The 7 pillars of a healthy marketing organization, according to the CMO of GE Healthcare Digital
CMO Justin Steinman shares how he hires and organizes his team — along with his take on the most revealing interview question you can ask prospective new hires — in this Q&A with contributors Nadine Dietz and Erica Seidel.
In this look into how CMOs are transforming marketing organizations for the challenge of reaching people today, we spoke with Justin Steinman, CMO for GE Healthcare Digital, a $1.8 billion division of GE.
GE Healthcare Digital delivers software solutions for integrated care, which help health care provider organizations of all sizes improve clinical, financial, and operational outcomes. Steinman manages a global marketing team of 90 people.
Q. Justin, how has your customer landscape changed, and how are you responding?
Our customers are increasingly looking for solutions, not products. They want software solutions that directly address their business challenges, and bring together software with services and partners in an integrated package.
When I started as CMO, we were managing all of our partners in a haphazard fashion. To help give customers what they want — integrated solutions that fit their workflow, we built a partnership marketing organization, including a VAR (value-added reseller) sales team, a VAR marketing team, and an alliance marketing team.
We also a created a certified partner program that includes market-development funds for certified partners. Today, nearly 20% of our revenue is partner-driven.
Q. Marketing has changed a lot in the past 5-10 years. What changes do you see?
I actually don’t think marketing has changed that much over the past 20 years, but the way we do marketing has changed. I have a philosophy about how marketing should be organized, and I bring it with me as I go from role to role.
For me, the seven categories of marketing, in chronological order, are:
- Market research
- Sales enablement
- Demand generation
- Customer retention
Tactics have evolved in every category. For example, in Awareness, we’ve shifted from outbound print marketing to more sophisticated inbound digital marketing.
Content used to be about “me, me, me” and now it’s “how I can help you solve your challenges through a combination of product, services, and software?”
The seven core concepts are as relevant today as they were 10 years ago — it’s how we execute that has changed.
— Justin Steinman, CMO for GE Healthcare Digital
Q. So how do you organize your team?
One of my core beliefs is that for a marketing organization to be successful, marketers must work for marketers. If marketing is dispersed, with product marketing reporting to the product organization, and field marketing and partnerships reporting to sales, that doesn’t lead to long-term results for the organization as a whole.
Marketing is the team looking 12, 18, or 36 months out in an otherwise quarterly-driven business. Marketing can balance short-term and long-term horizons better than a sales-driven organization. When marketers work for marketers, marketing gets established as a profession and as a career path.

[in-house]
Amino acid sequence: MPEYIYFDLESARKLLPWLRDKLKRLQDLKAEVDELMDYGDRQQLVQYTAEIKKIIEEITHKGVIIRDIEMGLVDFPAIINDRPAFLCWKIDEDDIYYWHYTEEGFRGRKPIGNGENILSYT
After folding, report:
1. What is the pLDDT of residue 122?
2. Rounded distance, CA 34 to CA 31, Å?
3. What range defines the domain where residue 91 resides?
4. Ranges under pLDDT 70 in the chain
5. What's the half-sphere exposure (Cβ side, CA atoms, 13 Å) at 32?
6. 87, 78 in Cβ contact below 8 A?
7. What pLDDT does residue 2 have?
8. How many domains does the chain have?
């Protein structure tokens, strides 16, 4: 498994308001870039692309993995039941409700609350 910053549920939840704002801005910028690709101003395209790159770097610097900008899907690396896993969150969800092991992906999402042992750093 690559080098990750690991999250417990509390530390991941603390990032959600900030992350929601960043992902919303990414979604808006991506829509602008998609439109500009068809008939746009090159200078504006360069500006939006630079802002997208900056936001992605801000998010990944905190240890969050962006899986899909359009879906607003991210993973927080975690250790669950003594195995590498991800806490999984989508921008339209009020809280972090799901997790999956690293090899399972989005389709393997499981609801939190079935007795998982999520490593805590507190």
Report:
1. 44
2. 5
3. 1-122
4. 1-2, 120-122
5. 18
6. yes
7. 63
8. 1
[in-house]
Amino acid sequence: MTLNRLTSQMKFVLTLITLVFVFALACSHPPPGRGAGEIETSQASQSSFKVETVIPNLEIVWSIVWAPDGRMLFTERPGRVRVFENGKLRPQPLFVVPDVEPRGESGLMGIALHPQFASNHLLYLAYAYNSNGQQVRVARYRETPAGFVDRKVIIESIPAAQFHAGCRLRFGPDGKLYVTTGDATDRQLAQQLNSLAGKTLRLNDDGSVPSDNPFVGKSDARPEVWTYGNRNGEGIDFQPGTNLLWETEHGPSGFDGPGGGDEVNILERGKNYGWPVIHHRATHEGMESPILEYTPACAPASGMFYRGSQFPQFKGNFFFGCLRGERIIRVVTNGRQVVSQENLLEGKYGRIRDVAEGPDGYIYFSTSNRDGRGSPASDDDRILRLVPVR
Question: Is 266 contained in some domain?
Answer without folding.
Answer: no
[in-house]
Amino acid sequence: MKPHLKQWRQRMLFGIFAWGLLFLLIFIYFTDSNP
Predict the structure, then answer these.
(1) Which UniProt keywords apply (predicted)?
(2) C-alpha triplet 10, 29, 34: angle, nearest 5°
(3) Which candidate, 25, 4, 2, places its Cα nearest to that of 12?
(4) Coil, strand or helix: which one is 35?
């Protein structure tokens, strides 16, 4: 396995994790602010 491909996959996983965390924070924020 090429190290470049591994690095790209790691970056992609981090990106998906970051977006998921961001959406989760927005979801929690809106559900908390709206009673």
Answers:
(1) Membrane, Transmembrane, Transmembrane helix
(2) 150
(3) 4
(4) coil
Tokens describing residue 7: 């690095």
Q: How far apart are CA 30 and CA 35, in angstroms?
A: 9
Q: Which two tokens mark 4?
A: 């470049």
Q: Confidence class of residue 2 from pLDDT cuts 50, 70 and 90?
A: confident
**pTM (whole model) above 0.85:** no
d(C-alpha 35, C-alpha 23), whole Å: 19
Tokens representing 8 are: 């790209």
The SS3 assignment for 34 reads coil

So, with that notion, I build my marketing organization out to support the overall company objectives. Members of my field marketing team work alongside sales, and the regional marketing leader reports to both me and the Region Sales Leader.
We’ve built out a partnership team, as I mentioned before. Our product marketing teams focus on identifying and packaging solutions globally that can be tweaked locally to account for regional nuances.
Q. How have you changed the talent profile in your organization in the three years you’ve been there?
I have 13 direct reports, and I have hired 10 of them. Among 90 people in marketing, roughly 30 are new in the past three years. That means we changed out nearly a third of the organization in three years.
A lot of the change was about upgrading the expectations of marketers and raising the bar on deliverables… so a number of people self-selected out. When we replaced them, we focused on building core marketing disciplines.
In the field marketing organization, we looked for folks with killer demand generation ideas — folks who had innovative ideas on how to stand out from the crowd. For product marketing, we looked for people who excelled at business strategy and solution positioning. For marketing communications, we looked for folks with a digital skill set — in fact, we just hired our first content marketer in January.
The results speak for themselves. In 2015, marketing generated 44% of the net-new funnel for our US sales team, up from 36% the year before and 15% when I started as CMO. The industry average is about 22% of net-new funnel generated by marketing, so we’re at double that now.
One of our challenges is that there aren’t a ton of health care IT marketers just sitting around. It’s a hot field and highly competitive. So we look for people who are extremely competent in at least two of the three domains: health care, software, or marketing.